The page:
Pre-registration (science)

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The practice of registering a scientific study before it is conducted is called pre-registration. Pre-registration of studies serves to prevent publication bias and reduce data dredging. It arose as a means to address the replication crisis. Pregistration requires the submission of a registered report, which is then accepted for publication or rejected by a journal based on theoretical justification, experimental design, and the proposed statistical analysis.[1][2]


The registered report format requires authors to submit a description of the study methods and analyses prior to data collection. Once the method and analysis plan is vetted through peer-review, publication of the findings is provisionally guaranteed, based on whether the authors follow the proposed protocol. One goal of registered reports is to circumvent the publication bias toward significant findings that can lead to implementation of questionable research practices and to encourage publication of studies with rigorous methods. Registered reports differ from pre-registration: the latter involves creating a time-stamped non-modifiable public record of the study and analysis plan before the data is collected. However, unlike registered reports, the study and analysis plan is not subjected to peer review.[citation needed]

Journal support[edit]

The journal Psychological Science has encouraged the preregistration of studies and the reporting of effect sizes and confidence intervals.[3] The editor in chief also noted that the editorial staff will be asking for replication of studies with surprising findings from examinations using small sample sizes before allowing the manuscripts to be published.

The journal Nature Human Behaviour has adopted the registered report format, as it “shift[s] the emphasis from the results of research to the questions that guide the research and the methods used to answer them”.[4]

The European Journal of Personality defines this format: “In a registered report, authors create a study proposal that includes theoretical and empirical background, research questions/hypotheses, and pilot data (if available). Upon submission, this proposal will then be reviewed prior to data collection, and if accepted, the paper resulting from this peer-reviewed procedure will be published, regardless of the study outcomes.”[5]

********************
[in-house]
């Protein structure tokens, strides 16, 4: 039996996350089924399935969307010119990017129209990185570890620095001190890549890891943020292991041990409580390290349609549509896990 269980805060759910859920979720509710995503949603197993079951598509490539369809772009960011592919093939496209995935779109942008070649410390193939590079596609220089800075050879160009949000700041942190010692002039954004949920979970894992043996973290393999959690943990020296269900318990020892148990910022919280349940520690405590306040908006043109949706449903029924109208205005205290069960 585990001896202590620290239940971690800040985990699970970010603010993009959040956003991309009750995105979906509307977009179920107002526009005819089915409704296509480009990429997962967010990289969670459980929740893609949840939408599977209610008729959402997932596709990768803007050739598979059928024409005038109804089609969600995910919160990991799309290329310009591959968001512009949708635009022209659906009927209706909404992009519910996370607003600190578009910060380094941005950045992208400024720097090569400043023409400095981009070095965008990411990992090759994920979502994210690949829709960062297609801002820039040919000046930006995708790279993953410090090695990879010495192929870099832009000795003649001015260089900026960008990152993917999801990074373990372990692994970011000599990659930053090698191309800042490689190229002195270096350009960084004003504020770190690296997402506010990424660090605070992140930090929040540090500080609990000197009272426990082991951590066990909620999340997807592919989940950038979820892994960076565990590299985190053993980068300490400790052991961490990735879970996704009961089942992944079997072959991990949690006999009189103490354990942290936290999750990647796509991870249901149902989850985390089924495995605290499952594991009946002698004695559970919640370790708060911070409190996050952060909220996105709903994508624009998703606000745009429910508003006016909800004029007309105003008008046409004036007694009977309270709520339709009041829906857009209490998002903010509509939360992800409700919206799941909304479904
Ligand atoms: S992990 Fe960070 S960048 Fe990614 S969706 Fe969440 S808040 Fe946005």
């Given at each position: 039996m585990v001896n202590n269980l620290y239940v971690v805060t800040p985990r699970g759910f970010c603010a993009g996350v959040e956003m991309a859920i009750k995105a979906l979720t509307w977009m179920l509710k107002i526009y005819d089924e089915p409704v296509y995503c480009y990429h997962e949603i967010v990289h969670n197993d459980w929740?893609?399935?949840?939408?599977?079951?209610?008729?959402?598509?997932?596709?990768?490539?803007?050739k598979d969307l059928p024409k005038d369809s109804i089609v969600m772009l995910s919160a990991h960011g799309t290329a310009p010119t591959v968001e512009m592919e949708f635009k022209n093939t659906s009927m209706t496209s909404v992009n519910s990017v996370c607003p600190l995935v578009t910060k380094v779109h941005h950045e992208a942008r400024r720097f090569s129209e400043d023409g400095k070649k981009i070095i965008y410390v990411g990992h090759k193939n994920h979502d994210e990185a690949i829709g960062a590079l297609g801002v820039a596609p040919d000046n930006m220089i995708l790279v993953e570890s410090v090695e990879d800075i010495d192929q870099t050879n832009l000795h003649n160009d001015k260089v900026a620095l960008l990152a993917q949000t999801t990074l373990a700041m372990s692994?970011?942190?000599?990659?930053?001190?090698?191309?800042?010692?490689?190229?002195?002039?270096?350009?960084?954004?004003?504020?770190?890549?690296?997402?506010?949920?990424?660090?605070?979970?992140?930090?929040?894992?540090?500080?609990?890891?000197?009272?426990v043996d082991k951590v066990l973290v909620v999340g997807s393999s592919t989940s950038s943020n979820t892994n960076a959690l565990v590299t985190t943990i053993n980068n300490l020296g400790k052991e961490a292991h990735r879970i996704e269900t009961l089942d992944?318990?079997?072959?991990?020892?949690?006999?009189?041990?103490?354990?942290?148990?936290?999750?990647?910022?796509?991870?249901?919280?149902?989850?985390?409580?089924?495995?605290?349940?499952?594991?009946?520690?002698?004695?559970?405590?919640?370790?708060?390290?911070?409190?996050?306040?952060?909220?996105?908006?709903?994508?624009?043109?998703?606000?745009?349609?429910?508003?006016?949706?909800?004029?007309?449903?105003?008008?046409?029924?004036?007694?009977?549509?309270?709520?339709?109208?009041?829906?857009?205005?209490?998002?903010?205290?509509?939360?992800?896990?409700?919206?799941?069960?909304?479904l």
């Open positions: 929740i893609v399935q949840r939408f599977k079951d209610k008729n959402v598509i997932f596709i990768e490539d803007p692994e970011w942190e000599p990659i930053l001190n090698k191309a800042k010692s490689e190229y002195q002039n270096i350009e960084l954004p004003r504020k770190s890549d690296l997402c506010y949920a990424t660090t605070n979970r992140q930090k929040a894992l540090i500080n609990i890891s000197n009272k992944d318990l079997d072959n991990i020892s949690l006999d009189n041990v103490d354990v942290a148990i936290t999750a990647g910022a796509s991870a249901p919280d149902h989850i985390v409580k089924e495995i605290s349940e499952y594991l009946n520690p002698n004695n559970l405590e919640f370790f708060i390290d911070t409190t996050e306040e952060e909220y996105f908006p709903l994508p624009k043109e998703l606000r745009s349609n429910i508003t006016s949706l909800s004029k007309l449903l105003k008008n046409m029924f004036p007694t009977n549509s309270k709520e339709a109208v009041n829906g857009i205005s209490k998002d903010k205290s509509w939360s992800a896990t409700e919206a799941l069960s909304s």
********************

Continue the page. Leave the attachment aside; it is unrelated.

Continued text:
Moreover, only a very small proportion of academic journals in psychology and neurosciences explicitly stated that they welcome submissions of replication studies in their aim and scope or instructions to authors.[6][7] This phenomenon does not encourage the reporting or even attempt on replication studies.

Overall, however, the number of participating journals seems to be increasing slowly as indicated by the Center for Open Science which maintains a list of journals encouraging the submission of registered reports.[8]

See also[edit]


  1. ^ "Registered Replication Reports". Association for Psychological Science. Retrieved 2015-11-13.
  2. ^ Chambers, Chris. "Psychology's 'registration revolution'". the Guardian. Retrieved 2015-11-13.
  3. ^ Lindsay, D. Stephen (2015-11-09). "Replication in Psychological Science". Psychological Science. 26 (12): 1827–32. doi:10.1177/0956797615616374. ISSN 0956-7976. PMID 26553013.
  4. ^ "Promoting reproducibility with registered reports". Nature Human Behaviour. 1: 0034. 2017. doi:10.1038/s41562-016-0034.
  5. ^
  6. ^ Yeung, Andy W. K. (2017). "Do Neuroscience Journals Accept Replications? A Survey of Literature". Frontiers in Human Neuroscience. 11. doi:10.3389/fnhum.2017.00468. ISSN 1662-5161. PMC 5611708. PMID 28979201.
  7. ^ Martin, G. N.; Clarke, Richard M. (2017). "Are Psychology Journals Anti-replication? A Snapshot of Editorial Practices". Frontiers in Psychology. 8. doi:10.3389/fpsyg.2017.00523. ISSN 1664-1078. PMID 28443044.
  8. ^ "Registered Reports Overview". Center for Open Science. Retrieved 2018-11-28.

External links[edit]